I always knew Mrs. Bookman was wrong.
Mrs. Bookman talked in low but energetic whispers, smelled like a pocketful of nickels and I assumed—because she was the town librarian—that she had read every book in the Hartsville Public Library. I adored Mrs. Bookman. (Looking back, I honestly think she used a pseudonym. Then again, if you spent most of your time around my Aunt Jannie, you’d think the president’s real name was “That Lying Racist in the White House.”)
One summer afternoon, when I was around 12 years old, I was perusing books on paranormal activity. (There was a point in my youth where I was obsessed with unexplained mysteries. I just knew the Loch Ness Monster was real and believed I could trigger my extrasensory perception if I squinted hard enough and focused my mind.) As she passed by, Mrs. Bookman turned towards me, smiled and enthusiastically whispered:
“You know what they say, young man: ‘You can’t judge a book by its cover.’”
It was, at that point, the stupidest thing I’d ever heard. I had so many questions. How else was I supposed to judge a book before I read it? What other criteria should I use until my ESP kicked in? Was she ridiculing my still-undeveloped powers of premonition? And who the fuck is “they”?
But, according to book retailer Barnes & Noble, I was right and Mrs. Bookman didn’t know what the hell she was talking about.
The bookselling behemoth recently announced that their flagship Fifth Avenue location will partner with publishing giant Penguin Random House to celebrate Black History Month and highlight diversity. And if you assumed this news meant B&N planned to shine a spotlight on black authors or even books about black people, you’re wrong. Instead of focusing on the content of books, they had a different, more Bookman-like approach:
They put their books in blackface.
Seriously. To honor black people, they decided to showcase a selection of white-centered literary tomes. But, instead of acknowledging that the books were written by white people who wrote about white people, these genius marketers simply slapped a diverse selection of black faces on the books’ covers.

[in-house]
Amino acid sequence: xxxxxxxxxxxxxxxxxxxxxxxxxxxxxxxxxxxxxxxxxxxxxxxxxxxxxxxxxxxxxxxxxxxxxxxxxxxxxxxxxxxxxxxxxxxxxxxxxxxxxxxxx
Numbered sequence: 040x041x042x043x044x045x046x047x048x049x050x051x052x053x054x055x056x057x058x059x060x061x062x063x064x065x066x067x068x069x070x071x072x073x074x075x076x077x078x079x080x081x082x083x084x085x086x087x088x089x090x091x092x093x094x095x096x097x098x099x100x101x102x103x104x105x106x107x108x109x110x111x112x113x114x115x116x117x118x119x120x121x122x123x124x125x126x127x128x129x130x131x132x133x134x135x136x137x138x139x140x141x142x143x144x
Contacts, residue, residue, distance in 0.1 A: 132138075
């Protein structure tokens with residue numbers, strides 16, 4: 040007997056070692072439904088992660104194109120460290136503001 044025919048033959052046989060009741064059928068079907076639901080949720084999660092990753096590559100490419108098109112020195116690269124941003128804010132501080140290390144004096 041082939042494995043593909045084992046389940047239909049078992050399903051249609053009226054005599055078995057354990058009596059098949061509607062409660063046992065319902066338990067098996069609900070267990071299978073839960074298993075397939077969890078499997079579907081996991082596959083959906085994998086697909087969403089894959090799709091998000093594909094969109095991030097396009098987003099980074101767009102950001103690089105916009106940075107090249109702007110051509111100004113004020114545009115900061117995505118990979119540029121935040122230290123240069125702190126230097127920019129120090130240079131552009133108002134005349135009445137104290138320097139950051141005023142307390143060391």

According to Publishers Weekly, Penguin Random House and Barnes & Noble Fifth Avenue have designed “Diverse Edition” covers for “twelve classic young adult novels.”
“Each title had five culturally diverse custom covers designed to ensure the recognition, representation, and inclusion of various multiethnic backgrounds reflected across the country,” AMNY reports. “The new covers are a part of a new initiative to champion diversity in literature.”
The collection of not-so-African American literature featured unapologetically non-black authors such as Lewis Caroll (Alice in Wonderland), William Shakespeare (Romeo and Juliet) and James Matthew Barrie (Peter Pan). Other “classics” that will be highlighted for detailing the white experience during BHM include:
- Moby Dick
- The Secret Garden
- The Wizard of Oz
- Peter Pan
- Treasure Island
Apparently, black people don’t write “classic” books.
To be fair, Alexander Dumas, who wrote Three Musketeers and The Count of Monte Cristo had a black grandmother. Both books made the list, which should count for something. Richard Wright’s Native Son is probably too real, as is Toni Morrison’s Song of Solomon or Lorraine Hansberry’s A Raisin in the Sun. Maya Angelou’s young adult, coming-of-age tale I Know Why the Caged Bird Sings isn’t exactly for young (white) adults, while books about serial killers (Dr. Jekyll and Mr. Hyde, which is on the list) or reanimated cadavers (Mary Shelley’s Frankenstein) must be much more palatable for white eyes.
Of course, there will always be people who complain. In this case, some people were perplexed as to why Barnes & Noble thought it was a good idea to celebrate Black History Month and diversity by ignoring blackness, history, and diversity.
Because the Hartsville Public Library didn’t have any manuals on incorporating whiteness into my telepathic powers, my ESP isn’t very “diverse.” Therefore, I can’t proclaim to know the inner workings of the Caucasian mind. On the other hand, it is possible that Barnes & Noble or Penguin Random House assumed that only white people wrote “classic” books.
Let’s be honest. This is just white people continuing the age-old tradition of white people-ing. For them, diversity is just a performative promotional tool that satisfies their diversity requirements by acknowledging that black people actually exist. Most companies don’t care to be diverse. They want to look diverse. Or, perhaps, when they made this decision, their “black” had the day off.
I know I might be judging these idiots by their covers but I’m also willing to help.
Just in case Barnes & Noble, Penguin Random House or any major bookseller is looking for a chief diversity officer, I know a very experienced, slightly coin-scented woman who knows covers don’t mean shit.
She would be so disappointed in me.